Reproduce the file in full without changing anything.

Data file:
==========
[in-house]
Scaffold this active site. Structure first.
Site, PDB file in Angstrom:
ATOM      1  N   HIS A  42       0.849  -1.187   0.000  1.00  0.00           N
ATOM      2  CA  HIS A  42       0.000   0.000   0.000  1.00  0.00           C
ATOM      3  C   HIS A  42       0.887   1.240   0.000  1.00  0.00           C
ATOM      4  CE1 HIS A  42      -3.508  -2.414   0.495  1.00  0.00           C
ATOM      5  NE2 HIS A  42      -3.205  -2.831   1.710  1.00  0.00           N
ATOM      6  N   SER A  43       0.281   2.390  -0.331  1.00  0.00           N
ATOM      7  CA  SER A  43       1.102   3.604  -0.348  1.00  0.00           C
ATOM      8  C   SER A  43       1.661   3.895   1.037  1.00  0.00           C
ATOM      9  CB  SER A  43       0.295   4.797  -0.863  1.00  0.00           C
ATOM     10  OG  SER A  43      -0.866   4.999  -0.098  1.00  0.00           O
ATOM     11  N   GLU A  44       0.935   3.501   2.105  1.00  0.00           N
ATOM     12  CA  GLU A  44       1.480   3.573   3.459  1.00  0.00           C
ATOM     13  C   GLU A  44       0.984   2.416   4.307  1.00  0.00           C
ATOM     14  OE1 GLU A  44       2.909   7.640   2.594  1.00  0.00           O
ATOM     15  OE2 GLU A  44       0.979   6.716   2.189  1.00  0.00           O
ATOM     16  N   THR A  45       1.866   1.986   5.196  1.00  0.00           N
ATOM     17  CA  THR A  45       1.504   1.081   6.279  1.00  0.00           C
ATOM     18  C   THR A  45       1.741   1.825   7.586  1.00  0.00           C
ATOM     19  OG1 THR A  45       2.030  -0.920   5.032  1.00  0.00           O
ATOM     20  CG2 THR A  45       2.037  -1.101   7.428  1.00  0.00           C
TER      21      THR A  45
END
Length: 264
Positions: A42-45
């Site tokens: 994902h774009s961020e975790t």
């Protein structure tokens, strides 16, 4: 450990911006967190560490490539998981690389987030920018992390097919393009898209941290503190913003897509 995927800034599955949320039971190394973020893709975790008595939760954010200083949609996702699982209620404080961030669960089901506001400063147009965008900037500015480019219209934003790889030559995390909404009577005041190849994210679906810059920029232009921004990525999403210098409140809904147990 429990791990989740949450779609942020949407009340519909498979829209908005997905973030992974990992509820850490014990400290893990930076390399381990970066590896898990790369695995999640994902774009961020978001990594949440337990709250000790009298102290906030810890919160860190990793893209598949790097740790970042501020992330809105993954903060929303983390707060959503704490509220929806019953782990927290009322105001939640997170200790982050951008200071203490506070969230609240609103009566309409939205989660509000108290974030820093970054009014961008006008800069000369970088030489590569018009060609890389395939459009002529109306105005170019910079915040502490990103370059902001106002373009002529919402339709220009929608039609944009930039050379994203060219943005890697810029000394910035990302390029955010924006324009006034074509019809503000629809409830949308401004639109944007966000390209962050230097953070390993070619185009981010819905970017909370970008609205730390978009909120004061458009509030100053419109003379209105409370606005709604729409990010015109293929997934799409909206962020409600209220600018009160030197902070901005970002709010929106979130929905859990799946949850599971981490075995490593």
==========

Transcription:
[in-house]
Scaffold this active site. Structure first.
Site, PDB file in Angstrom:
ATOM      1  N   HIS A  42       0.849  -1.187   0.000  1.00  0.00           N
ATOM      2  CA  HIS A  42       0.000   0.000   0.000  1.00  0.00           C
ATOM      3  C   HIS A  42       0.887   1.240   0.000  1.00  0.00           C
ATOM      4  CE1 HIS A  42      -3.508  -2.414   0.495  1.00  0.00           C
ATOM      5  NE2 HIS A  42      -3.205  -2.831   1.710  1.00  0.00           N
ATOM      6  N   SER A  43       0.281   2.390  -0.331  1.00  0.00           N
ATOM      7  CA  SER A  43       1.102   3.604  -0.348  1.00  0.00           C
ATOM      8  C   SER A  43       1.661   3.895   1.037  1.00  0.00           C
ATOM      9  CB  SER A  43       0.295   4.797  -0.863  1.00  0.00           C
ATOM     10  OG  SER A  43      -0.866   4.999  -0.098  1.00  0.00           O
ATOM     11  N   GLU A  44       0.935   3.501   2.105  1.00  0.00           N
ATOM     12  CA  GLU A  44       1.480   3.573   3.459  1.00  0.00           C
ATOM     13  C   GLU A  44       0.984   2.416   4.307  1.00  0.00           C
ATOM     14  OE1 GLU A  44       2.909   7.640   2.594  1.00  0.00           O
ATOM     15  OE2 GLU A  44       0.979   6.716   2.189  1.00  0.00           O
ATOM     16  N   THR A  45       1.866   1.986   5.196  1.00  0.00           N
ATOM     17  CA  THR A  45       1.504   1.081   6.279  1.00  0.00           C
ATOM     18  C   THR A  45       1.741   1.825   7.586  1.00  0.00           C
ATOM     19  OG1 THR A  45       2.030  -0.920   5.032  1.00  0.00           O
ATOM     20  CG2 THR A  45       2.037  -1.101   7.428  1.00  0.00           C
TER      21      THR A  45
END
Length: 264
Positions: A42-45
């Site tokens: 994902h774009s961020e975790t």
């Protein structure tokens, strides 16, 4: 450990911006967190560490490539998981690389987030920018992390097919393009898209941290503190913003897509 995927800034599955949320039971190394973020893709975790008595939760954010200083949609996702699982209620404080961030669960089901506001400063147009965008900037500015480019219209934003790889030559995390909404009577005041190849994210679906810059920029232009921004990525999403210098409140809904147990 429990791990989740949450779609942020949407009340519909498979829209908005997905973030992974990992509820850490014990400290893990930076390399381990970066590896898990790369695995999640994902774009961020978001990594949440337990709250000790009298102290906030810890919160860190990793893209598949790097740790970042501020992330809105993954903060929303983390707060959503704490509220929806019953782990927290009322105001939640997170200790982050951008200071203490506070969230609240609103009566309409939205989660509000108290974030820093970054009014961008006008800069000369970088030489590569018009060609890389395939459009002529109306105005170019910079915040502490990103370059902001106002373009002529919402339709220009929608039609944009930039050379994203060219943005890697810029000394910035990302390029955010924006324009006034074509019809503000629809409830949308401004639109944007966000390209962050230097953070390993070619185009981010819905970017909370970008609205730390978009909120004061458009509030100053419109003379209105409370606005709604729409990010015109293929997934799409909206962020409600209220600018009160030197902070901005970002709010929106979130929905859990799946949850599971981490075995490593």